Home >Technology >News >Users can now appeal on content removal to Facebook’s Supreme Court
The Facebook logo is displayed on a mobile phone in this picture illustration taken. (REUTERS)
The Facebook logo is displayed on a mobile phone in this picture illustration taken. (REUTERS)

Users can now appeal on content removal to Facebook’s Supreme Court

Facebook itself will also be submitting a 'limited' number of cases to the Board and has said that its word will be final in all content removal takedowns

Facebook’s Oversight Board, which was dubbed as the Supreme Court for the social network by chief executive Mark Zuckerberg, is now active. The company had announced the formation of the board in May this year but said it will become active later in the year due to pandemic-related hurdles. Many had said the Board wouldn’t become functional before the November Presidential elections in the United States.

Users can now submit appeals against content removal on Facebook and Instagram to the board directly through its website. Facebook itself will also be submitting a “limited" number of cases to the Board and has said that its word will be final in all content removal takedowns.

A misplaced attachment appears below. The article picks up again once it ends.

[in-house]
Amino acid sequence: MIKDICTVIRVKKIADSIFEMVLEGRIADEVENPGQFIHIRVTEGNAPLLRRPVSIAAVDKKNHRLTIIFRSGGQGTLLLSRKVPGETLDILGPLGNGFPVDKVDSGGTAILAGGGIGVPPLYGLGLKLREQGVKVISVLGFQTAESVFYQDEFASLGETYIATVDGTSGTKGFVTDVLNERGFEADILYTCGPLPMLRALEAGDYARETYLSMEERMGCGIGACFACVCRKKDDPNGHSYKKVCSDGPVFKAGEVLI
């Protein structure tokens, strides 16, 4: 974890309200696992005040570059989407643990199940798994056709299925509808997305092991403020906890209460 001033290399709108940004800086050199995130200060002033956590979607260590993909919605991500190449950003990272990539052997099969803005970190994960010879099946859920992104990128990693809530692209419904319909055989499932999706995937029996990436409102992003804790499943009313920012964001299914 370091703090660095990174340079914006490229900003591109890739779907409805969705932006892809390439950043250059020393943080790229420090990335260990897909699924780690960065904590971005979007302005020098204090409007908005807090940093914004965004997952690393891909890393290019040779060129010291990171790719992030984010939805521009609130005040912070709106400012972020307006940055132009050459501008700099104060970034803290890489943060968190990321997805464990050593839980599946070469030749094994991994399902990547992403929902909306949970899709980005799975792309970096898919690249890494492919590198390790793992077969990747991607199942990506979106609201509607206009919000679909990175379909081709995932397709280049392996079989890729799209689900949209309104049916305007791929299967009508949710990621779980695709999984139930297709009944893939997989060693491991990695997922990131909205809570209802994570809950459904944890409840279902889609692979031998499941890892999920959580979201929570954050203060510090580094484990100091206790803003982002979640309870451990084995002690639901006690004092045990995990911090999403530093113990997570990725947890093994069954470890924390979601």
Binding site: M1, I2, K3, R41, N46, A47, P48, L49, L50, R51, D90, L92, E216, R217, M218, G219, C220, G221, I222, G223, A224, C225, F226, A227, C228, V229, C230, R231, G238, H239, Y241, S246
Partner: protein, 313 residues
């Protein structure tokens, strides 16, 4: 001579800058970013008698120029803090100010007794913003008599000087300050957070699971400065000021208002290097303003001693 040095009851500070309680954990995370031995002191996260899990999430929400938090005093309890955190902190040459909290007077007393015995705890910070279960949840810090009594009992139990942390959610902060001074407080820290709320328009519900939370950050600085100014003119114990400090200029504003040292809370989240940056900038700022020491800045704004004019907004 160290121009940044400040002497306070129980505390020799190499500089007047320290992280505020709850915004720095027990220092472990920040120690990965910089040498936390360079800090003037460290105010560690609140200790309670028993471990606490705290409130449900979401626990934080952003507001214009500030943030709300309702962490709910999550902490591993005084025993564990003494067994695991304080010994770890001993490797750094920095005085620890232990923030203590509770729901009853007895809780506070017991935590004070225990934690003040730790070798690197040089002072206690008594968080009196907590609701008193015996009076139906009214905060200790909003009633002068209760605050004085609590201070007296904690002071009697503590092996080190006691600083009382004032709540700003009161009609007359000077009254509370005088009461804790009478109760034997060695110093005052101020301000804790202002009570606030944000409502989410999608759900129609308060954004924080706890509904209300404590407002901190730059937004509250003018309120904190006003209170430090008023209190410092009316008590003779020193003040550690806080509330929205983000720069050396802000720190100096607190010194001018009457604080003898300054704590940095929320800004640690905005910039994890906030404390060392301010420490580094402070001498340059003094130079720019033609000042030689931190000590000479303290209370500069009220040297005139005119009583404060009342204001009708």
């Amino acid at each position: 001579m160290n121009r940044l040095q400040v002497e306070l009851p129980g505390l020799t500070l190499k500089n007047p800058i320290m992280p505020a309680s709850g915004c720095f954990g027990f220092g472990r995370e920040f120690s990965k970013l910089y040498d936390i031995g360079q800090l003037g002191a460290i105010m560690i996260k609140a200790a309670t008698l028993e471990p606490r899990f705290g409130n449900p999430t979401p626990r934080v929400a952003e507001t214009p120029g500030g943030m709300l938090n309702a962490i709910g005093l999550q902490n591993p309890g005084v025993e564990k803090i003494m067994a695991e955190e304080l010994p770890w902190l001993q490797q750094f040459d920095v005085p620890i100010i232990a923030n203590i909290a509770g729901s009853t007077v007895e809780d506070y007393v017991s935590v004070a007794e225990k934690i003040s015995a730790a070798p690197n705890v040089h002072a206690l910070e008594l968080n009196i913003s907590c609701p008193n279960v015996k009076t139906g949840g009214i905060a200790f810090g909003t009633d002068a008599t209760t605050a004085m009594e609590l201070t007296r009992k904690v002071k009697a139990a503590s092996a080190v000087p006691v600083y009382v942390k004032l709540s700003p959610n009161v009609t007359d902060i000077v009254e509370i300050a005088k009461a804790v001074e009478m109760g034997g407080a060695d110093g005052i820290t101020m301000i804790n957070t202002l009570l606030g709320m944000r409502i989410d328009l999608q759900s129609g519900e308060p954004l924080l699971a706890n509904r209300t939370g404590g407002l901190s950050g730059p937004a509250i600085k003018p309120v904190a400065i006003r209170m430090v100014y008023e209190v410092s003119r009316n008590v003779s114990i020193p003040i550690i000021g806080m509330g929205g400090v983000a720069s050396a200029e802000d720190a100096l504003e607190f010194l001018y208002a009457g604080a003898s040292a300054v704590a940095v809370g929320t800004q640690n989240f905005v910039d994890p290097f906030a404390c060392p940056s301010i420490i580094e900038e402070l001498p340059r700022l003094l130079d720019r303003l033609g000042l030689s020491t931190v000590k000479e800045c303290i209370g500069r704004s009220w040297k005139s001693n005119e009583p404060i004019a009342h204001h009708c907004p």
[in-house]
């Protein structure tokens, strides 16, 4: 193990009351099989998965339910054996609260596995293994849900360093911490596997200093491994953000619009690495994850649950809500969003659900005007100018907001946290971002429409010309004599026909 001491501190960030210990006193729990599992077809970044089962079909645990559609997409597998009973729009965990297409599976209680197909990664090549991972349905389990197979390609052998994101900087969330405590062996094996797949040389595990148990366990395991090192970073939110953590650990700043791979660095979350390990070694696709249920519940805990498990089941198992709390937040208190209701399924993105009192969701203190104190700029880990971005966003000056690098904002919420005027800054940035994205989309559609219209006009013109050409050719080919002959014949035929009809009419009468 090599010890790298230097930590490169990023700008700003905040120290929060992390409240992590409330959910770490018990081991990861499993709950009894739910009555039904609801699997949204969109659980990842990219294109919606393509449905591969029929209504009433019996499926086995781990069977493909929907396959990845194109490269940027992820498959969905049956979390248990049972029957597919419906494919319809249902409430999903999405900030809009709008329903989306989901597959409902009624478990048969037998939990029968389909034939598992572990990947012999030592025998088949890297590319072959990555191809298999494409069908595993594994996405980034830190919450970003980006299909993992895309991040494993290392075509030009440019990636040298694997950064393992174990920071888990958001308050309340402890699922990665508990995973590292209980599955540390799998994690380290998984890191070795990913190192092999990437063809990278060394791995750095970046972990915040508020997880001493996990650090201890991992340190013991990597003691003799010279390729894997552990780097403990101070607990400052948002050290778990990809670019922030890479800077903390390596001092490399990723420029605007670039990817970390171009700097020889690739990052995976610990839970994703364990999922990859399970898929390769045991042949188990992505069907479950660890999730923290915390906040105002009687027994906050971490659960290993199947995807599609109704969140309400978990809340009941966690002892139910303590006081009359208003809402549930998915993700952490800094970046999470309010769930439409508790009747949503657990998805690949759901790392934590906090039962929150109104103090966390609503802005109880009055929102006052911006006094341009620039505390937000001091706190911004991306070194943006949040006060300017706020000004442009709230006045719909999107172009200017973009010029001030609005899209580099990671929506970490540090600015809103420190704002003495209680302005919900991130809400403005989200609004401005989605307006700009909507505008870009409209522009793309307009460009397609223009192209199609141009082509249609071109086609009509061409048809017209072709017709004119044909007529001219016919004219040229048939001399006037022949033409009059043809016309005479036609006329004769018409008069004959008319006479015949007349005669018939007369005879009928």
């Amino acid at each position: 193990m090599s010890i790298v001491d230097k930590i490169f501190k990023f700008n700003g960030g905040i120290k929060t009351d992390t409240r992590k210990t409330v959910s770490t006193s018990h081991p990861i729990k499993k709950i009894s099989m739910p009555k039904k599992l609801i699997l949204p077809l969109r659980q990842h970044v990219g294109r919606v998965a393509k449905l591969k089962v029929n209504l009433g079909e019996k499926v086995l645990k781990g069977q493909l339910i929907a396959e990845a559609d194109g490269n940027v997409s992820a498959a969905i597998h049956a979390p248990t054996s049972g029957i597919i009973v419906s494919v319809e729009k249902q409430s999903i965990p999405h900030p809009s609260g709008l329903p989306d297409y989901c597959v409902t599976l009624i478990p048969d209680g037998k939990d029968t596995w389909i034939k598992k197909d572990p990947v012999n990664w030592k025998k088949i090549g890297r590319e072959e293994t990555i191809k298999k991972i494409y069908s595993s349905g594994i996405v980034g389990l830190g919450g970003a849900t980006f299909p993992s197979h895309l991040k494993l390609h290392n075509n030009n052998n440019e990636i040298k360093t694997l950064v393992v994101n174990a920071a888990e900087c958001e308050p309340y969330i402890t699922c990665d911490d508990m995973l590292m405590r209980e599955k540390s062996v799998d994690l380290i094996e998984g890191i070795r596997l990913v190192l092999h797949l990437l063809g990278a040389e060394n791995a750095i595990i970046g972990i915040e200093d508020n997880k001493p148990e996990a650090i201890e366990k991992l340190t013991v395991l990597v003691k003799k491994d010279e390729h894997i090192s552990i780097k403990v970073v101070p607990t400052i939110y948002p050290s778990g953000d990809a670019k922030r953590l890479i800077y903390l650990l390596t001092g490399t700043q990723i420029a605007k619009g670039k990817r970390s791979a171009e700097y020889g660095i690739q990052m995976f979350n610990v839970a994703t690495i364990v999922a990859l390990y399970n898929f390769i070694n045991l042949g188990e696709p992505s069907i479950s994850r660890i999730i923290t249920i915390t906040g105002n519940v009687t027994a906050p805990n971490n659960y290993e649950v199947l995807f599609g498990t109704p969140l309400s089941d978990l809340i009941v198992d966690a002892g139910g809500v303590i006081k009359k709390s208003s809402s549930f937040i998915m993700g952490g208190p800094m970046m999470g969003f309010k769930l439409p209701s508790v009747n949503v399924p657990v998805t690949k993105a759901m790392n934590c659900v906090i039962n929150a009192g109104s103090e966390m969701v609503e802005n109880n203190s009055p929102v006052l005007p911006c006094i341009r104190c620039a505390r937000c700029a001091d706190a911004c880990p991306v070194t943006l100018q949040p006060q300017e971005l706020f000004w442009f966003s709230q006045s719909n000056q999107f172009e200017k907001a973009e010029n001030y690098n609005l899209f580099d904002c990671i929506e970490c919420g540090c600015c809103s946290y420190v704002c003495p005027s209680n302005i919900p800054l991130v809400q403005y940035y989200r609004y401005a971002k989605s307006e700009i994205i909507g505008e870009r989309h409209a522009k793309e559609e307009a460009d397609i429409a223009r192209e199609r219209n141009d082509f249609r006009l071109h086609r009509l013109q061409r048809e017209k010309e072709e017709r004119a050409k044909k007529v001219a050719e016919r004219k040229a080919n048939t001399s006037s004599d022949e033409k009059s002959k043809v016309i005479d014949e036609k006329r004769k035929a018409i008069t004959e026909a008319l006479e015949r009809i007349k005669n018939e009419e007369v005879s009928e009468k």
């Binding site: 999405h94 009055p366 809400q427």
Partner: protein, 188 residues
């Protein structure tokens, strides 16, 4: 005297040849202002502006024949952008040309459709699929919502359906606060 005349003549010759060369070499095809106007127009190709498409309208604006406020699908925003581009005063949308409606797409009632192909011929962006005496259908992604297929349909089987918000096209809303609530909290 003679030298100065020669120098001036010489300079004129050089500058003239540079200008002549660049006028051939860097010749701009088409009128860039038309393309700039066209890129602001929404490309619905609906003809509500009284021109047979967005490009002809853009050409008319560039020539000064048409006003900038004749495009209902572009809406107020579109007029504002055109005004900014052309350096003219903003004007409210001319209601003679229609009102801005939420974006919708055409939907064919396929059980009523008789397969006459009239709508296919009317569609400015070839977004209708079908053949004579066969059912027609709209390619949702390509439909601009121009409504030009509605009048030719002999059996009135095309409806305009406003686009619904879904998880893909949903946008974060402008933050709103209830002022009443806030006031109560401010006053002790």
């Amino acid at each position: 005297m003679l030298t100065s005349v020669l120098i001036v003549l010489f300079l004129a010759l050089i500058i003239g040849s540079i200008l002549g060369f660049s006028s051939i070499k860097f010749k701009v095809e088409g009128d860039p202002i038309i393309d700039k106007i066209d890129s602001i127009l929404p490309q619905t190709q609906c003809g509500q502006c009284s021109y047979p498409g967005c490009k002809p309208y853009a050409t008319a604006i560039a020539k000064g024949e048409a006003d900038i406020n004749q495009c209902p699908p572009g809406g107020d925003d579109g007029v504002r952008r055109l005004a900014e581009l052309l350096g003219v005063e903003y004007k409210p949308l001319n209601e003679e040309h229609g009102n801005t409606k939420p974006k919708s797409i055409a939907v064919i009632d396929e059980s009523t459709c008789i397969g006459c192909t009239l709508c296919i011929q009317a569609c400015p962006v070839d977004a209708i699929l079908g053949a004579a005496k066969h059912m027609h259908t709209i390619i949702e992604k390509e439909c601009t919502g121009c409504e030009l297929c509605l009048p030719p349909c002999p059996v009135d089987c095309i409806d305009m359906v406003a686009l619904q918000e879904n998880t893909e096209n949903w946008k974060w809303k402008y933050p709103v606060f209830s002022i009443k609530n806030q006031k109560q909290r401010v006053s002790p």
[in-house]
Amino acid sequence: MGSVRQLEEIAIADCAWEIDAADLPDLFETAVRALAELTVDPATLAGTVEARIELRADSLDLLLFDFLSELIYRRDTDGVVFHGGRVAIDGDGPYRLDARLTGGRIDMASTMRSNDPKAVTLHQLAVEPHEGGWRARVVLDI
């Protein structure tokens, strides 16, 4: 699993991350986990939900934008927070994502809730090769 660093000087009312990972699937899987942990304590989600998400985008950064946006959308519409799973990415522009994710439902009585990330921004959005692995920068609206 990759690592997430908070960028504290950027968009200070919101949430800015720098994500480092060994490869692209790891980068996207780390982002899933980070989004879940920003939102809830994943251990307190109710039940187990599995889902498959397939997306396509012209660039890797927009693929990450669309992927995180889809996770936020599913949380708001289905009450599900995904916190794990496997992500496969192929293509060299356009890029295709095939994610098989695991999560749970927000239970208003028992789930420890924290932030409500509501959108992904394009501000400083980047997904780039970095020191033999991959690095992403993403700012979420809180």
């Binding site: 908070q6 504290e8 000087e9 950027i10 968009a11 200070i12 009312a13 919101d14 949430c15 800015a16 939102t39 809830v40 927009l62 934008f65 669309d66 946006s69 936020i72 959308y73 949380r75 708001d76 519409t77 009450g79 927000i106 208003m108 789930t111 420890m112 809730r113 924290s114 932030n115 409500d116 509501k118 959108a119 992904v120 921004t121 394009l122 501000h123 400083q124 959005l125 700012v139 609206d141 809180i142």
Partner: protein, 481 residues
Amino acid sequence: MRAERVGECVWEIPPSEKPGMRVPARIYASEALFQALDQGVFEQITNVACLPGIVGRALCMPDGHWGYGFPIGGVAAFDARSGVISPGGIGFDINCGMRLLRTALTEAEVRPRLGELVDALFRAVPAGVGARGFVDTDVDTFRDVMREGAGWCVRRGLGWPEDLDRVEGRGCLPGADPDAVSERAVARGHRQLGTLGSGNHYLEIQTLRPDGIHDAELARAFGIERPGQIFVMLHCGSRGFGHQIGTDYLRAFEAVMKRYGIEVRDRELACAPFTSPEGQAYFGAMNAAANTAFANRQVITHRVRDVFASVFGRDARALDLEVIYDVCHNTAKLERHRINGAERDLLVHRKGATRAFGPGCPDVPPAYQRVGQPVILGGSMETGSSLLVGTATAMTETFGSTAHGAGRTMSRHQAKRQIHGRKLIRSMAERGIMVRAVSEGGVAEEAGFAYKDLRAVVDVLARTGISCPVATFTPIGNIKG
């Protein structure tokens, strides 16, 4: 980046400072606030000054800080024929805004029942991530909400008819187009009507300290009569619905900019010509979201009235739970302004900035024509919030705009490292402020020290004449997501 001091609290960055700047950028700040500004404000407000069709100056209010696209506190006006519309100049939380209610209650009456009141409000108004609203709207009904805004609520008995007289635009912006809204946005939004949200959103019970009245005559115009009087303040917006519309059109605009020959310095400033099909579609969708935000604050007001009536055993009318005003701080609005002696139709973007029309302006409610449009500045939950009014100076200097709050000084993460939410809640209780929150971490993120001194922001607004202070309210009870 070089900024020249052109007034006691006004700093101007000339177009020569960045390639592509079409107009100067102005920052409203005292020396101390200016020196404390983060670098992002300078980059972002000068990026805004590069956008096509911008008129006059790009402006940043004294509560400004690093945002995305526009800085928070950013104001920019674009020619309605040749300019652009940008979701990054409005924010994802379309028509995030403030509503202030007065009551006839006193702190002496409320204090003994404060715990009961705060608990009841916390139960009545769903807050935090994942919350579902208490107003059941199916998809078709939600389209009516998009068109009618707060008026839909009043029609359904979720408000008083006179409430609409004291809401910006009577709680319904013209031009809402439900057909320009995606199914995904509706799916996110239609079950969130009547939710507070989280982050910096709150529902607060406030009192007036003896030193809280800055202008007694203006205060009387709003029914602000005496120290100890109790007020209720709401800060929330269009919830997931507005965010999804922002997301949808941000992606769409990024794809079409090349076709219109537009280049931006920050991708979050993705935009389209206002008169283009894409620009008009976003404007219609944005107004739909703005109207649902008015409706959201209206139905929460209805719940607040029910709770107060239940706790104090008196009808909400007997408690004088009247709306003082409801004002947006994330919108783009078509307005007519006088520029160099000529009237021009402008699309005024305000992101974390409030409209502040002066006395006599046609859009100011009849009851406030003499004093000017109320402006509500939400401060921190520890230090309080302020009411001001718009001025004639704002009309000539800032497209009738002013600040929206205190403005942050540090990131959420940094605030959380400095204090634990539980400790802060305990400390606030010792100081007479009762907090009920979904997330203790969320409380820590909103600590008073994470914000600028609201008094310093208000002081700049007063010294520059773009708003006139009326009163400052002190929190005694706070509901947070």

The Oversight Board consists of activists, Nobel laureates, professors and other experts from around the world. The four co-chairs of the board are former Denmark prime minister Helle Thorning- Schmidt, former US federal circuit judge Michael McConnell, Columbia Law School professor Jamal Greene and Catalina Botero-Marino, former special rapporteur for Freedom of Expression of the Inter-American Commission on Human Rights of the Organization of American States. Sudhir Krishnaswamy, vice chancellor of the National Law School of India University, is also a member of the Board.

The social networking giant has set up a $130 million trust for the Board’s operations and its members contract directly with the Board, so as to avoid interference by Facebook.

It’s worth noting that the Board will not be involved in decisions regarding government takedown requests. The company had said earlier that it would continue to adhere by a country’s laws for such requests.

While many hailed the Oversight Board as a welcome move by Facebook to make its moderation policies more transparent, the company has also faced pushback. Notably, critics of the company had setup a rival Board to review Facebook’s policies a day after Facebook announced this one, calling it the “Real Oversight Board".

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